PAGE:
Russia was not a liberal democracy under Yeltsin, and neither has it reverted to totalitarianism under Putin. But America's long-established religiously inspired concern about "losing" Russia is once more at the centre of debateby Stephen Kotkin / April 27, 2008 / Leave a comment
Published in April 2008 issue of Prospect Magazine
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What is it about Russia that drives the Anglo-American world mad? Soviet communism collapses, the empire is relinquished. Then come the wild hopes and failures of the 1990s—including the 1993 half-coup and the tank assault on Russia’s legislature, the results-adjusted referendum on a new constitution (still in force), the dubious privatisations, the war in Chechnya and the financial default in 1998. But after all that, in December 1999 Boris Yeltsin apologises, steps down early—and names his prime minister and former secret police chief Vladimir Putin as acting president. To widespread consternation, Yeltsin predicts that the obscure spy is the man to “unite around himself those who will revive Great Russia.” Incredibly, this is exactly what transpires.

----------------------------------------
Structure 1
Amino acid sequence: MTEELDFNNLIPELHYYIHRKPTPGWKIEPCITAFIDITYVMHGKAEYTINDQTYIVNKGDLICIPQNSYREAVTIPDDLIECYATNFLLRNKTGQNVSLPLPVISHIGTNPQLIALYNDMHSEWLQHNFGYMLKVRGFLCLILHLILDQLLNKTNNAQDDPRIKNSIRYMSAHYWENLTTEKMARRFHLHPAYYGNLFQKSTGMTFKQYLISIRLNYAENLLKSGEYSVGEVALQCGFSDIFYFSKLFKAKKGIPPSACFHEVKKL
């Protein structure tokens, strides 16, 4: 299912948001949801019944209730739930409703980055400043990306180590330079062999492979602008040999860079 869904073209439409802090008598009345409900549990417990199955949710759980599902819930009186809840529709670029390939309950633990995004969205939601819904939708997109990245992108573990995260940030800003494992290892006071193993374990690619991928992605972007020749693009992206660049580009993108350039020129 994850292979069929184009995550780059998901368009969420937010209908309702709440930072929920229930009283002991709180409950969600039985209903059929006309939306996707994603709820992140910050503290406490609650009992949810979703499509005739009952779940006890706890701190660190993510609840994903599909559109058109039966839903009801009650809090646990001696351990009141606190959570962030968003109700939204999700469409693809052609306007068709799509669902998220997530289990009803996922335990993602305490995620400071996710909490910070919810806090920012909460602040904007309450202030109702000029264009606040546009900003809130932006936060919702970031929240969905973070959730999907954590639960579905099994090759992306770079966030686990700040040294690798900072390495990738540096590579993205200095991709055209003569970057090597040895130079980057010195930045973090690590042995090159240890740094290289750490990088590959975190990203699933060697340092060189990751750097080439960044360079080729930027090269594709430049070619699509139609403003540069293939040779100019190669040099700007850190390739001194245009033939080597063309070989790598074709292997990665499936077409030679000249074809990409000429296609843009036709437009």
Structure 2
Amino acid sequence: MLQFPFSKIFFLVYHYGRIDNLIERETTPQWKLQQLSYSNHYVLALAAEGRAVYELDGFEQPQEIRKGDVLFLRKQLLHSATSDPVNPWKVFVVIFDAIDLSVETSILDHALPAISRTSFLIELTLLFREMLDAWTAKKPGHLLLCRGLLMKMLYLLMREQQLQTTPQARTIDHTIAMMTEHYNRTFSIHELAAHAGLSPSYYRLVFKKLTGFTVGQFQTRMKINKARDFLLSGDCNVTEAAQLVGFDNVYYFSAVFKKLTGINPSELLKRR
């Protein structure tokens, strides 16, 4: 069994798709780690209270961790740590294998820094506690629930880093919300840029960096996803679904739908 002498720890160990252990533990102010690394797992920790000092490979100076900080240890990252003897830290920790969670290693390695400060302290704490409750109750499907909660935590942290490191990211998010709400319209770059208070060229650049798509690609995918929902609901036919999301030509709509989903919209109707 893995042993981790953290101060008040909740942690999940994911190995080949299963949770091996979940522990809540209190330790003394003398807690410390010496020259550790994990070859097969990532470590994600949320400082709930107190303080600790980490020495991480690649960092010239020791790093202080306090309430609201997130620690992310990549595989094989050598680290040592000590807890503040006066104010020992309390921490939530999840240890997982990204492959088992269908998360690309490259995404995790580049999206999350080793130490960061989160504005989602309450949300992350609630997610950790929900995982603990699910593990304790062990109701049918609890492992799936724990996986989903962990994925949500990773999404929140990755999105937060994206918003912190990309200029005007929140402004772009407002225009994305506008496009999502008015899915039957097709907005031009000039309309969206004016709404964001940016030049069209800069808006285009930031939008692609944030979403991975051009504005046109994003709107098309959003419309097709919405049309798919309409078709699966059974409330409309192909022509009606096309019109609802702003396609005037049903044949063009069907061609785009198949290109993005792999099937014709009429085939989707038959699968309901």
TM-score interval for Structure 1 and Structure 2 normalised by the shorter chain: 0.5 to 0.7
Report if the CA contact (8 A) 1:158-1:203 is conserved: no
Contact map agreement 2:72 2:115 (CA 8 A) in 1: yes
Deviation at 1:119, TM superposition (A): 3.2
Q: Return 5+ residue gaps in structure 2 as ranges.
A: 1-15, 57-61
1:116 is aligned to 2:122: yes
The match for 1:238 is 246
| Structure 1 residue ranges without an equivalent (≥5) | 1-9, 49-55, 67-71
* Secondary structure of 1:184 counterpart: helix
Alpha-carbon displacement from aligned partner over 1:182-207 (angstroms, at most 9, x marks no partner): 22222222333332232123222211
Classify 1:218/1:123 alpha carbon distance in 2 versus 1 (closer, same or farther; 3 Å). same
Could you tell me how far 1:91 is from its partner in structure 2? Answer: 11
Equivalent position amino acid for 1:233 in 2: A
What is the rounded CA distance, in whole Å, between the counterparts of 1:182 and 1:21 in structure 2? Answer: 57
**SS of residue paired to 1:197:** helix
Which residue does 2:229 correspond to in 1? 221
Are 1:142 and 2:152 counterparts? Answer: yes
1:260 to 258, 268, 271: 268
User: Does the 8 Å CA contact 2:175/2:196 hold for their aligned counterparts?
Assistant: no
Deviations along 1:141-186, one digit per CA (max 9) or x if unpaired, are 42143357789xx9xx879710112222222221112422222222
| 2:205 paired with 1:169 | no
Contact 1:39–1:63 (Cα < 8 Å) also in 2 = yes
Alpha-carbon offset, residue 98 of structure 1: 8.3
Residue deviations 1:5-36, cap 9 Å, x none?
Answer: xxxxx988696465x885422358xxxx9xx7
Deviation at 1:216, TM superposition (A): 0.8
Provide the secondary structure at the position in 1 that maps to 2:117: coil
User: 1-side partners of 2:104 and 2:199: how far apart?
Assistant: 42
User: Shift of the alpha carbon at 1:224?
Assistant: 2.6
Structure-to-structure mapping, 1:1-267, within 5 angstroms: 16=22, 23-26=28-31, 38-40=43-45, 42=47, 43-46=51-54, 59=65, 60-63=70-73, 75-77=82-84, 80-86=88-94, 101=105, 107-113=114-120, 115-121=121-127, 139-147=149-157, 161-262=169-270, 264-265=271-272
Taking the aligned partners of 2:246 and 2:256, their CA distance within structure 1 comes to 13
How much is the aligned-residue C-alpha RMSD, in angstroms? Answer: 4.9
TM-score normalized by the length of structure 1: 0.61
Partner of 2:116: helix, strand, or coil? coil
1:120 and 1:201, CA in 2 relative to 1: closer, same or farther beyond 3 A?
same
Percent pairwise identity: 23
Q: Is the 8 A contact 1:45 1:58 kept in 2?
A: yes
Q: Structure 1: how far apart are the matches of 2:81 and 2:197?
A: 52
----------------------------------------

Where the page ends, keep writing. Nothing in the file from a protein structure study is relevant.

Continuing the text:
And this is a grand disappointment, even a frightening prospect? The elevation of Putin—a secret deal promoted by Yeltsin’s personal and political family, motivated less by patriotism than self-preservation—will go down as one of the most enduring aspects of Yeltsin’s shaky legacy. Now, Putin, just like his benefactor, has selected his successor, Russia’s new president Dmitri Medvedev. Sure, Putin has no plans to retire to a hospital-dacha, where Yeltsin had spent much of his presidency. Still, in his crafty way Putin has abided by the constitutional limit of two presidential terms. In May, Medvedev will acquire the immense powers of the Russian presidency (a gift of Yeltsin) in circumstances whereby the Russian state is no longer incoherent (a gift of Putin). And this is grounds for near universal dismissal in the west?
Two clashing myths have opened a gulf of misunderstanding towards Russia. First is the myth in the west that the chaos and impoverishment under Yeltsin amounted to a rough democracy, which Putin went on to destroy. When something comes undone that easily, it was probably never what it was cracked up to be. Still, the myth of Russia’s overturned democracy unites cold war nostalgists, who miss the enemy, with a new generation of Russia-watchers, many of whom participated earnestly in the illusory 1990s democracy-building project in Russia and are now disillusioned (and tenured).